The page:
Don Bradman produced two books in the 1930’s, both ghosted, at least to some degree. Don Bradmans’ Book6 was produced with the help of the English sports journalist Bill Bennison, while My Cricketing Life7 was a collaboration with another English writer, William Pollock. The former partnership may not have been a happy one, with The Don responding to some of Bennison’s suggestions by saying, as he crossed them out, “This is not me. Anybody who knows me knows that I couldn’t talk like that and I certainly couldn’t write like that.”8
“What Don got out of the newspaper serial and the book rights is none of m business to tell,” Pollock said after My Cricketing Life had been released to some acclaim, with extracts appearing prominently in The News of the World. “But it was a lot more than I did.”9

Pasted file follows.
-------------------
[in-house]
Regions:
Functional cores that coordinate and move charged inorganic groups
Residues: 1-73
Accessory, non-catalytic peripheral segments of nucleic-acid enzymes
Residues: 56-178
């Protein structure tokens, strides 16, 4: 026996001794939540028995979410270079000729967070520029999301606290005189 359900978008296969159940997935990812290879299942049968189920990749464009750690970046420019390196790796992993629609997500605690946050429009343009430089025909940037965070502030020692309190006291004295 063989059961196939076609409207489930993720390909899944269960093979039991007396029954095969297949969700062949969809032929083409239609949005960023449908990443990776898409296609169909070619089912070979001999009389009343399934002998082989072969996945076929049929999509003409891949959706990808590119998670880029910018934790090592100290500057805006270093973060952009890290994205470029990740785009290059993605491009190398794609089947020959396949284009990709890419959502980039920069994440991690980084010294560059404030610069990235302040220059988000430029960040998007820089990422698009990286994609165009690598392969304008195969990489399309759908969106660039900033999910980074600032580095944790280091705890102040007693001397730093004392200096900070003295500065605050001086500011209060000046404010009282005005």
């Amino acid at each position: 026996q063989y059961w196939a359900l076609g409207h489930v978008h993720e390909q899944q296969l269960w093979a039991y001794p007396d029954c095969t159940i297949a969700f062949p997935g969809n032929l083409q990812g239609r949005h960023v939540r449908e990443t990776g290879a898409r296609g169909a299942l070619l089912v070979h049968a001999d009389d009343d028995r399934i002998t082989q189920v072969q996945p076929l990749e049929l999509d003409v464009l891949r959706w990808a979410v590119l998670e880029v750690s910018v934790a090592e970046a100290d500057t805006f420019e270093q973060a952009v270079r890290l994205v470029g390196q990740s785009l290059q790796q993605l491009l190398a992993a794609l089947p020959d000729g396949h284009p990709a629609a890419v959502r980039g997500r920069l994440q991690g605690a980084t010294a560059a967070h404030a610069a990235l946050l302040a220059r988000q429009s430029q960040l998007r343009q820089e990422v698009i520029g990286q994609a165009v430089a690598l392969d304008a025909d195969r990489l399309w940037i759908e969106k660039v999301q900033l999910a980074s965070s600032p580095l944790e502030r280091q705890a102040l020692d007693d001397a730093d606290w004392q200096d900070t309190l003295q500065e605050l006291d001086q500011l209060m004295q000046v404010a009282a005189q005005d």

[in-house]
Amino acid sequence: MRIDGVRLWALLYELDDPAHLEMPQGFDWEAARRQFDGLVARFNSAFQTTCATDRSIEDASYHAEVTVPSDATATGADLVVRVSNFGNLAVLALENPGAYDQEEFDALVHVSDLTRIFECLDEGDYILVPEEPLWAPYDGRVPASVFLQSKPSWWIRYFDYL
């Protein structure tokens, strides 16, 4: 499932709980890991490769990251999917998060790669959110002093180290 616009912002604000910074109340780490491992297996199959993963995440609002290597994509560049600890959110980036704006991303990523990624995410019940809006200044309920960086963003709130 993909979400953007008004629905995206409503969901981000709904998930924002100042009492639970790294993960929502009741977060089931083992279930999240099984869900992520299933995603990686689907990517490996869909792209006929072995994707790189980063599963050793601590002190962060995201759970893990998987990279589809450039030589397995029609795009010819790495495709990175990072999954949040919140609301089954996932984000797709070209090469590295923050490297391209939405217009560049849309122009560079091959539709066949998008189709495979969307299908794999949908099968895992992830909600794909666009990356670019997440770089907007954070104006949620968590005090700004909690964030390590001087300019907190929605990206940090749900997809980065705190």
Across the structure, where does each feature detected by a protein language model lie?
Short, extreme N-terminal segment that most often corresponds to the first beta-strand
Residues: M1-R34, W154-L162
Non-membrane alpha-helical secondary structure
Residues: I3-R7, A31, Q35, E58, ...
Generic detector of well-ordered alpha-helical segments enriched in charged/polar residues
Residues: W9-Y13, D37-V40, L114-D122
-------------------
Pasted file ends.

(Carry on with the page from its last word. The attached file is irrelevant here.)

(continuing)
This ﬁnancial model would be the basis for most future ghost-writing deals.
Elsewhere in this journal, Peter Lloyd has shown how very few of our early Test stars released their memoirs. Giffen, Bradman, Charlie Macartney and Herbert Hordern are exceptions to the rule. However, the post-war success of books such as Between Wickets, Cricket Crisis and Farewell to Cricket demonstrated there was good money to be made in Australian cricket books and soon the Keith Miller- RS Whitington partnership was releasing a book just about every summer. By the 1960’s, it was more likely than not that an extended international career would lead to a publishing deal. Some cricketers wrote their own material, but many did not.10 When I compiled my Christmas wish list in 1976, there was a team of recently released autobiographies, coaching and tour books to choose from, all written by current or just retired stars: AIways Reddy, Not just For Openers, My World of Cricket, Tigers Among the Lions, Passing Tests, Chappelli, Successful Cricket, Looking For Runs, You’ll Keep, Back to the Mark, Rowdy and Tangles.11